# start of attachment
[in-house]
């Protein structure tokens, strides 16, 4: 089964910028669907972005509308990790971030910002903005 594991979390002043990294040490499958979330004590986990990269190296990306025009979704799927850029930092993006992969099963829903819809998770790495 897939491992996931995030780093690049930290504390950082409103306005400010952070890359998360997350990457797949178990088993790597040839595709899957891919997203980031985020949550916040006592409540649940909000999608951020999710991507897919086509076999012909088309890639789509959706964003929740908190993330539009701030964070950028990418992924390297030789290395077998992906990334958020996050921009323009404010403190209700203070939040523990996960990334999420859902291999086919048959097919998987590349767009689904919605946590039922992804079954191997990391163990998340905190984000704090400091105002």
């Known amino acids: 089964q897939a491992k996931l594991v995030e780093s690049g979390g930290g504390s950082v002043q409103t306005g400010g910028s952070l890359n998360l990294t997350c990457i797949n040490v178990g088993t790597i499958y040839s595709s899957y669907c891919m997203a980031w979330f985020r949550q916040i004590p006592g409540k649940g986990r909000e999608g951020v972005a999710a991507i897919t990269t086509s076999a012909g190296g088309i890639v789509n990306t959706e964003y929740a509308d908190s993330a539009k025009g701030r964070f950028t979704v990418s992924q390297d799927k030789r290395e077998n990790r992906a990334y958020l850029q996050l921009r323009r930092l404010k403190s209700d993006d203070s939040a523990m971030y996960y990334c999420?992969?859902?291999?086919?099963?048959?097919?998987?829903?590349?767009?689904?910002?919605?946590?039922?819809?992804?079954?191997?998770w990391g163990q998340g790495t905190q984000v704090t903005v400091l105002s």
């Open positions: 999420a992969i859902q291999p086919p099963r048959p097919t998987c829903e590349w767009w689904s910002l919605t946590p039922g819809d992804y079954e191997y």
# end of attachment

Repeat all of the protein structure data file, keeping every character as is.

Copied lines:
[in-house]
């Protein structure tokens, strides 16, 4: 089964910028669907972005509308990790971030910002903005 594991979390002043990294040490499958979330004590986990990269190296990306025009979704799927850029930092993006992969099963829903819809998770790495 897939491992996931995030780093690049930290504390950082409103306005400010952070890359998360997350990457797949178990088993790597040839595709899957891919997203980031985020949550916040006592409540649940909000999608951020999710991507897919086509076999012909088309890639789509959706964003929740908190993330539009701030964070950028990418992924390297030789290395077998992906990334958020996050921009323009404010403190209700203070939040523990996960990334999420859902291999086919048959097919998987590349767009689904919605946590039922992804079954191997990391163990998340905190984000704090400091105002």
């Known amino acids: 089964q897939a491992k996931l594991v995030e780093s690049g979390g930290g504390s950082v002043q409103t306005g400010g910028s952070l890359n998360l990294t997350c990457i797949n040490v178990g088993t790597i499958y040839s595709s899957y669907c891919m997203a980031w979330f985020r949550q916040i004590p006592g409540k649940g986990r909000e999608g951020v972005a999710a991507i897919t990269t086509s076999a012909g190296g088309i890639v789509n990306t959706e964003y929740a509308d908190s993330a539009k025009g701030r964070f950028t979704v990418s992924q390297d799927k030789r290395e077998n990790r992906a990334y958020l850029q996050l921009r323009r930092l404010k403190s209700d993006d203070s939040a523990m971030y996960y990334c999420?992969?859902?291999?086919?099963?048959?097919?998987?829903?590349?767009?689904?910002?919605?946590?039922?819809?992804?079954?191997?998770w990391g163990q998340g790495t905190q984000v704090t903005v400091l105002s």
């Open positions: 999420a992969i859902q291999p086919p099963r048959p097919t998987c829903e590349w767009w689904s910002l919605t946590p039922g819809d992804y079954e191997y």